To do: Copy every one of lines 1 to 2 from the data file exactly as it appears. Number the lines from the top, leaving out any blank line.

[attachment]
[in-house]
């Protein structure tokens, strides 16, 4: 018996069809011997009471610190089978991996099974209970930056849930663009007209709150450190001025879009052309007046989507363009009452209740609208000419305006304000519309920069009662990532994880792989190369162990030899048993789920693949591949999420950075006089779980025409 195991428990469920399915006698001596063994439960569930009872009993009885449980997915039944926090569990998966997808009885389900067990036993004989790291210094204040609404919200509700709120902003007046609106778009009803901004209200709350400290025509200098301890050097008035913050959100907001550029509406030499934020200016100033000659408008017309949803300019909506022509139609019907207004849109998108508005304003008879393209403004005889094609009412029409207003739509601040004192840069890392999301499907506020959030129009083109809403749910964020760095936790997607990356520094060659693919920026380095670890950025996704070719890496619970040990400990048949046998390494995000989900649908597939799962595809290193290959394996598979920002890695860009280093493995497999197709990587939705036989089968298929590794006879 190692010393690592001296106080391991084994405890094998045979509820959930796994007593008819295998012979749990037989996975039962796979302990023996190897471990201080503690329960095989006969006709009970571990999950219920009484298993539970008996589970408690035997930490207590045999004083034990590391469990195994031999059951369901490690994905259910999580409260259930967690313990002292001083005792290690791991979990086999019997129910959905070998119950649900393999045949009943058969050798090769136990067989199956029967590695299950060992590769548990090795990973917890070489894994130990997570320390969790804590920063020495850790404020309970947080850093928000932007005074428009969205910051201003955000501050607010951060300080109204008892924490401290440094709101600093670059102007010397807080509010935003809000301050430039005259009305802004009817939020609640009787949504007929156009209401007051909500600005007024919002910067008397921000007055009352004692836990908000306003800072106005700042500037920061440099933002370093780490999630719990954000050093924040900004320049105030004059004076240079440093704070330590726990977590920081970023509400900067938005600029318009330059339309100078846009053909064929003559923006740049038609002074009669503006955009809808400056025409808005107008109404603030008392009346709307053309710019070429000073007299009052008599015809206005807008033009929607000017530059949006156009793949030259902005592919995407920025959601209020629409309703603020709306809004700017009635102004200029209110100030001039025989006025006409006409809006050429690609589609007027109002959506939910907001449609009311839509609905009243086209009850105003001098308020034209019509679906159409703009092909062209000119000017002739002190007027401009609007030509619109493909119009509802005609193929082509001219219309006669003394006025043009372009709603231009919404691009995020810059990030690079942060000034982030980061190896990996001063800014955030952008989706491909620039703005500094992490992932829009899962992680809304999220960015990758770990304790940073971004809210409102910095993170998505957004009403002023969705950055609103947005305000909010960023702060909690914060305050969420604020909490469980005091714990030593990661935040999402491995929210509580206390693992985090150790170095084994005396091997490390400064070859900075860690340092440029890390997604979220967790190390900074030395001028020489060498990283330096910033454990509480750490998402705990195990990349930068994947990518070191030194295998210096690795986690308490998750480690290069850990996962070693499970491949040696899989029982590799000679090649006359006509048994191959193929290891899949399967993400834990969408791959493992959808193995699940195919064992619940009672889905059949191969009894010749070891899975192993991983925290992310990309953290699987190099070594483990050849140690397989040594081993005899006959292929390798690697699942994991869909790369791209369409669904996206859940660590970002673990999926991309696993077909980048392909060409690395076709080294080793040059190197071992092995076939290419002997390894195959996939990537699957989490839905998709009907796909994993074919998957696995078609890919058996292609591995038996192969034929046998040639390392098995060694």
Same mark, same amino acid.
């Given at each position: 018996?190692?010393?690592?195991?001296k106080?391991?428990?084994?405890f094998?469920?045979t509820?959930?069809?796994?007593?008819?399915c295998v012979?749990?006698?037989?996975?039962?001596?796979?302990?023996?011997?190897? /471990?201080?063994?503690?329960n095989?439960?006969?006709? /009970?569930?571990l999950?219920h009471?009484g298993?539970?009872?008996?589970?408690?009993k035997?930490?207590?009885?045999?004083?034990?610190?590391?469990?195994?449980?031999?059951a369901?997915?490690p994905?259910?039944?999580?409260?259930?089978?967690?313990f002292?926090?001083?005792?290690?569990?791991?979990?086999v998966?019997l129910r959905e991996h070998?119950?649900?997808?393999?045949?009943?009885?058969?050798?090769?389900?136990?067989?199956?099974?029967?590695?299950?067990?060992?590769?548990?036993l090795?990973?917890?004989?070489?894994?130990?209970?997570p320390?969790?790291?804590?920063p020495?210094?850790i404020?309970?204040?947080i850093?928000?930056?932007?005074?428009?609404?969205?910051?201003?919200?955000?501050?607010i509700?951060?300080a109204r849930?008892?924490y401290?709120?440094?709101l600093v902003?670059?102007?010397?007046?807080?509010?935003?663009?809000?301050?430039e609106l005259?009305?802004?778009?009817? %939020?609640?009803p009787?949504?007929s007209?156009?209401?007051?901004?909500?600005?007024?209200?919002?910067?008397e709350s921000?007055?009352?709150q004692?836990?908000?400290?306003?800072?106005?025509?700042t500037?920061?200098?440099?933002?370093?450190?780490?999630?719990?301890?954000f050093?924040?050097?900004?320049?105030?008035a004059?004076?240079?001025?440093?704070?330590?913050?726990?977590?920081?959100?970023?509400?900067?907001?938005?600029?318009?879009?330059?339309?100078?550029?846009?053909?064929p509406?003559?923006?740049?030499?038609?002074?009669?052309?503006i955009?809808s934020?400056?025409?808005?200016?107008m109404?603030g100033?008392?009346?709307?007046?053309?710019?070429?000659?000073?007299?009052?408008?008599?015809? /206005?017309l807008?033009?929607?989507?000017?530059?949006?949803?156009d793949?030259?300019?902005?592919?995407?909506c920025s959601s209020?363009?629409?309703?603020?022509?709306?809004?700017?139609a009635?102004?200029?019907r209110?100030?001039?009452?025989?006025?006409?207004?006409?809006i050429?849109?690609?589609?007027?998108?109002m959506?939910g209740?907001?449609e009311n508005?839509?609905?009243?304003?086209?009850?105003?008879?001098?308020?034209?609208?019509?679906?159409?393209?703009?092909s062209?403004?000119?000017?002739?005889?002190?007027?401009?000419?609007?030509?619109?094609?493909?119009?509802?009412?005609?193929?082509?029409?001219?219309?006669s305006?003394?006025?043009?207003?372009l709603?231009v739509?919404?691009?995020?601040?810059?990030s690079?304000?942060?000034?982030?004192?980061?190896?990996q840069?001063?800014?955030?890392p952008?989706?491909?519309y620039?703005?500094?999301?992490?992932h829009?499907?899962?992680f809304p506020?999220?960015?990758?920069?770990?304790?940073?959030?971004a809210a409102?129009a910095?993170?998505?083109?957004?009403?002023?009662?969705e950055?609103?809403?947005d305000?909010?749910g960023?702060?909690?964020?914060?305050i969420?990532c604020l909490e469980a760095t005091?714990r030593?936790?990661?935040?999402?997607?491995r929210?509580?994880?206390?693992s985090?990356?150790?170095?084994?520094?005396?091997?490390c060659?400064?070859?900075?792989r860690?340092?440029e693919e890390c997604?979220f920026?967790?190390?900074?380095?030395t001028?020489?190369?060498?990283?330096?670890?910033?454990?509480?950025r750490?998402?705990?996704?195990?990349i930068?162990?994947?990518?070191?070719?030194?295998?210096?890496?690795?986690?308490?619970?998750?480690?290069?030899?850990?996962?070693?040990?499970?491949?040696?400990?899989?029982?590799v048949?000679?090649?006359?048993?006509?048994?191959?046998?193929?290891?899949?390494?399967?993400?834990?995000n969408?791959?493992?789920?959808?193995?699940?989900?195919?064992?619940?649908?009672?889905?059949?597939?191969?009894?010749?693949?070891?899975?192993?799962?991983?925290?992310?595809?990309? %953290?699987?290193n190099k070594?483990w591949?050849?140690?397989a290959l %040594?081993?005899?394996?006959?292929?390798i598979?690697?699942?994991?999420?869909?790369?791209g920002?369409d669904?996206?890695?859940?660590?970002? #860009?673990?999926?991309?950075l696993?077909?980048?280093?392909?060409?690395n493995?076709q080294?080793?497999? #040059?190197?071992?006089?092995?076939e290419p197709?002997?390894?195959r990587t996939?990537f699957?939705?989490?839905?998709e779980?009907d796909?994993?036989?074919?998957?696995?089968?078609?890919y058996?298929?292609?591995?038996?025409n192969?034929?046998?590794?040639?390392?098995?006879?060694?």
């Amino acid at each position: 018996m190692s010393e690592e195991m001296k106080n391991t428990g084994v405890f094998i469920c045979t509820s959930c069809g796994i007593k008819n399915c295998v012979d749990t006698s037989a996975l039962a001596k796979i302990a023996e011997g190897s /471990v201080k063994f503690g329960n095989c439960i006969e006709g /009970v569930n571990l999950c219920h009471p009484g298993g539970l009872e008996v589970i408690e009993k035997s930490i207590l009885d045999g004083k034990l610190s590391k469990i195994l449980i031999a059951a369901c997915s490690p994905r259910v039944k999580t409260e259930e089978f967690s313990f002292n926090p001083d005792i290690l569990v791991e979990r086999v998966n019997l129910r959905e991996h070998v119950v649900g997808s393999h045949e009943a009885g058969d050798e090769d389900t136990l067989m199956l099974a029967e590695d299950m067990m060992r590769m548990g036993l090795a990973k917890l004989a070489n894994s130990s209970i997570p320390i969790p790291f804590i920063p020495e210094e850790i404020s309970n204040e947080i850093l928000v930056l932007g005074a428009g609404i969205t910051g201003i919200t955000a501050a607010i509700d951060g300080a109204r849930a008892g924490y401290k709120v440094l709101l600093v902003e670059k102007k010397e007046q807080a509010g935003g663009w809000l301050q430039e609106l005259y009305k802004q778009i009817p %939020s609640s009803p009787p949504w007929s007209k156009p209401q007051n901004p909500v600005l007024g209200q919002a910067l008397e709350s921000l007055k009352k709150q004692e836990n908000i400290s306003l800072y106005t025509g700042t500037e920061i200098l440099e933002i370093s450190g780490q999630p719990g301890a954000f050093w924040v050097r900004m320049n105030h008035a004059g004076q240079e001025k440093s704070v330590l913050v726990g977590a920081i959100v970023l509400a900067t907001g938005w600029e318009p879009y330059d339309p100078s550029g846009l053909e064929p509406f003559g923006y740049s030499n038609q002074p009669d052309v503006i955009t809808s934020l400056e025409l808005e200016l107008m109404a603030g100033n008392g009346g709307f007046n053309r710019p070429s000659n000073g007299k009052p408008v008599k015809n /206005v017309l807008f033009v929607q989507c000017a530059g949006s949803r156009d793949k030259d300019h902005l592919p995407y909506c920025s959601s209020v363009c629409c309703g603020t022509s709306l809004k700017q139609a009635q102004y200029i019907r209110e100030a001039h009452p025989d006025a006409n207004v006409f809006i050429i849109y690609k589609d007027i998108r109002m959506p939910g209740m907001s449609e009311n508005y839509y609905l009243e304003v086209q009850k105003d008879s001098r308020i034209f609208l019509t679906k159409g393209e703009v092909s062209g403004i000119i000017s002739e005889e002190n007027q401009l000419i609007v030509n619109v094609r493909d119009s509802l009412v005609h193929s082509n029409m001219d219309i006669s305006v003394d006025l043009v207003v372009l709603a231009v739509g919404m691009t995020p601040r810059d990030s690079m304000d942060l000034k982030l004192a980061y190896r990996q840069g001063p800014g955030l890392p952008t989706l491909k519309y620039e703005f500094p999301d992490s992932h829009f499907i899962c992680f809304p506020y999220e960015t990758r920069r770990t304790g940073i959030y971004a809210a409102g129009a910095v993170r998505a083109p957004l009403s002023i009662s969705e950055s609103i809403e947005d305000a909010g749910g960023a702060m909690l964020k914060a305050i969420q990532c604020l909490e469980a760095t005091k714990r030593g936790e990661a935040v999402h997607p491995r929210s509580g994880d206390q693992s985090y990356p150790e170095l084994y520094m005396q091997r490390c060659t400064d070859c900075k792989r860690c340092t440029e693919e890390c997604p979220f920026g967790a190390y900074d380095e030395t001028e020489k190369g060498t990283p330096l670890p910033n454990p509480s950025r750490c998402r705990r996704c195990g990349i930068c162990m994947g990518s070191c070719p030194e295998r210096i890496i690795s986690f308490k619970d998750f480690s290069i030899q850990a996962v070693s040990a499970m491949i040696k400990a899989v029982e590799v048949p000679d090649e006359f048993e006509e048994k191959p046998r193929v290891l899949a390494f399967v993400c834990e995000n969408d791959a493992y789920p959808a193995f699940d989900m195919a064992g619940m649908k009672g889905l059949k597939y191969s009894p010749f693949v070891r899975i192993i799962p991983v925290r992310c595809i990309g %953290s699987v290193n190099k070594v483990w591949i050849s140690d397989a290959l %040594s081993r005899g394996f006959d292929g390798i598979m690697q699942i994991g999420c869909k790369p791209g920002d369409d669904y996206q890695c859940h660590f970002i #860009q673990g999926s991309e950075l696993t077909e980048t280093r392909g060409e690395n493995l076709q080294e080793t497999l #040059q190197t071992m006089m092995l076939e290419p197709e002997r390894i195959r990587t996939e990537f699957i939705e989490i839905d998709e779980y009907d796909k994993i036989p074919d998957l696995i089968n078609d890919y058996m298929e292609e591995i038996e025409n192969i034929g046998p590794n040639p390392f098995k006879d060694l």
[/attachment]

[in-house]
């Protein structure tokens, strides 16, 4: 018996069809011997009471610190089978991996099974209970930056849930663009007209709150450190001025879009052309007046989507363009009452209740609208000419305006304000519309920069009662990532994880792989190369162990030899048993789920693949591949999420950075006089779980025409 195991428990469920399915006698001596063994439960569930009872009993009885449980997915039944926090569990998966997808009885389900067990036993004989790291210094204040609404919200509700709120902003007046609106778009009803901004209200709350400290025509200098301890050097008035913050959100907001550029509406030499934020200016100033000659408008017309949803300019909506022509139609019907207004849109998108508005304003008879393209403004005889094609009412029409207003739509601040004192840069890392999301499907506020959030129009083109809403749910964020760095936790997607990356520094060659693919920026380095670890950025996704070719890496619970040990400990048949046998390494995000989900649908597939799962595809290193290959394996598979920002890695860009280093493995497999197709990587939705036989089968298929590794006879 190692010393690592001296106080391991084994405890094998045979509820959930796994007593008819295998012979749990037989996975039962796979302990023996190897471990201080503690329960095989006969006709009970571990999950219920009484298993539970008996589970408690035997930490207590045999004083034990590391469990195994031999059951369901490690994905259910999580409260259930967690313990002292001083005792290690791991979990086999019997129910959905070998119950649900393999045949009943058969050798090769136990067989199956029967590695299950060992590769548990090795990973917890070489894994130990997570320390969790804590920063020495850790404020309970947080850093928000932007005074428009969205910051201003955000501050607010951060300080109204008892924490401290440094709101600093670059102007010397807080509010935003809000301050430039005259009305802004009817939020609640009787949504007929156009209401007051909500600005007024919002910067008397921000007055009352004692836990908000306003800072106005700042500037920061440099933002370093780490999630719990954000050093924040900004320049105030004059004076240079440093704070330590726990977590920081970023509400900067938005600029318009330059339309100078846009053909064929003559923006740049038609002074009669503006955009809808400056025409808005107008109404603030008392009346709307053309710019070429000073007299009052008599015809206005807008033009929607000017530059949006156009793949030259902005592919995407920025959601209020629409309703603020709306809004700017009635102004200029209110100030001039025989006025006409006409809006050429690609589609007027109002959506939910907001449609009311839509609905009243086209009850105003001098308020034209019509679906159409703009092909062209000119000017002739002190007027401009609007030509619109493909119009509802005609193929082509001219219309006669003394006025043009372009709603231009919404691009995020810059990030690079942060000034982030980061190896990996001063800014955030952008989706491909620039703005500094992490992932829009899962992680809304999220960015990758770990304790940073971004809210409102910095993170998505957004009403002023969705950055609103947005305000909010960023702060909690914060305050969420604020909490469980005091714990030593990661935040999402491995929210509580206390693992985090150790170095084994005396091997490390400064070859900075860690340092440029890390997604979220967790190390900074030395001028020489060498990283330096910033454990509480750490998402705990195990990349930068994947990518070191030194295998210096690795986690308490998750480690290069850990996962070693499970491949040696899989029982590799000679090649006359006509048994191959193929290891899949399967993400834990969408791959493992959808193995699940195919064992619940009672889905059949191969009894010749070891899975192993991983925290992310990309953290699987190099070594483990050849140690397989040594081993005899006959292929390798690697699942994991869909790369791209369409669904996206859940660590970002673990999926991309696993077909980048392909060409690395076709080294080793040059190197071992092995076939290419002997390894195959996939990537699957989490839905998709009907796909994993074919998957696995078609890919058996292609591995038996192969034929046998040639390392098995060694």